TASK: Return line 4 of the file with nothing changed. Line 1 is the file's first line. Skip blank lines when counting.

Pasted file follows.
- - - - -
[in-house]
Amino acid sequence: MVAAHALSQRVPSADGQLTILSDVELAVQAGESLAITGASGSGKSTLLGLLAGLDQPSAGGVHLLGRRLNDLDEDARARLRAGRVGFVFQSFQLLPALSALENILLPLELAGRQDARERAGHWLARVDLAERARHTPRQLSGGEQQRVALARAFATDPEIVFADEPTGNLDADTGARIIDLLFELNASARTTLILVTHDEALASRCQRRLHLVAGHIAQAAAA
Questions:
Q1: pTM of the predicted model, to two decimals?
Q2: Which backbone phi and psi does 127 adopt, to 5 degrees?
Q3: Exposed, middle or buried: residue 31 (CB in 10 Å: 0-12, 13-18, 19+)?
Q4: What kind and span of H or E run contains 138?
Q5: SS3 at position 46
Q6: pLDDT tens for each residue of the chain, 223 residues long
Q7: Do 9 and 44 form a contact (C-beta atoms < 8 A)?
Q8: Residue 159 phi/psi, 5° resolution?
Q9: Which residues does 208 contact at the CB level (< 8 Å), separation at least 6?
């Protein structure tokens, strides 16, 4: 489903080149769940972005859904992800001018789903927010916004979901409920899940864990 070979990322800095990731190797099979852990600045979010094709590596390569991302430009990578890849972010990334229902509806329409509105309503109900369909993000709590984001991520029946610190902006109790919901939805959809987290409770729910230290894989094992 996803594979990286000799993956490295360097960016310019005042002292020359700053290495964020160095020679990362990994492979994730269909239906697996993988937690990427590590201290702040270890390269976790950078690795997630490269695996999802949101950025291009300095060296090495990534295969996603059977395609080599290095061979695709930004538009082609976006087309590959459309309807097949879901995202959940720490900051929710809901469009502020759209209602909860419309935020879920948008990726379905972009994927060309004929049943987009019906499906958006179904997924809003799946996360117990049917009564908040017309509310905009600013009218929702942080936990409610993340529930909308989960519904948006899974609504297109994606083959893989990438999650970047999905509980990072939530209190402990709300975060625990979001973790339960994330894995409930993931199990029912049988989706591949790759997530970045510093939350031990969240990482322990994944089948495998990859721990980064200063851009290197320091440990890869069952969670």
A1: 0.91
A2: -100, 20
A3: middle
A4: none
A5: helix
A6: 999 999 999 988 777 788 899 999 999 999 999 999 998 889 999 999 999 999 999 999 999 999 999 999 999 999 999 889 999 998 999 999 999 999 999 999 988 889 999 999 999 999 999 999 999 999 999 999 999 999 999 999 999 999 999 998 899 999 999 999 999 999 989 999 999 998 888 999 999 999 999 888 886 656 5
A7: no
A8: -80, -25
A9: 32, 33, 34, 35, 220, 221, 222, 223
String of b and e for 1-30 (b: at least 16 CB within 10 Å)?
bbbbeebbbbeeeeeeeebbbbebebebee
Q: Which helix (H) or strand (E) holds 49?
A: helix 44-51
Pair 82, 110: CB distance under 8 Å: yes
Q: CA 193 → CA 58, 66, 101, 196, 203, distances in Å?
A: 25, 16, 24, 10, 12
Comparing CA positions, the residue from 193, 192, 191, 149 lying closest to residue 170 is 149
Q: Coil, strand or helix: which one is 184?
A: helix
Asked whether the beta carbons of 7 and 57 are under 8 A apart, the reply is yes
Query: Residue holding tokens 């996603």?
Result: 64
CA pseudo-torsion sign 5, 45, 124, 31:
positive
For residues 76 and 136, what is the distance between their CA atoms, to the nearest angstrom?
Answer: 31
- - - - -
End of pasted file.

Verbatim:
Q1: pTM of the predicted model, to two decimals?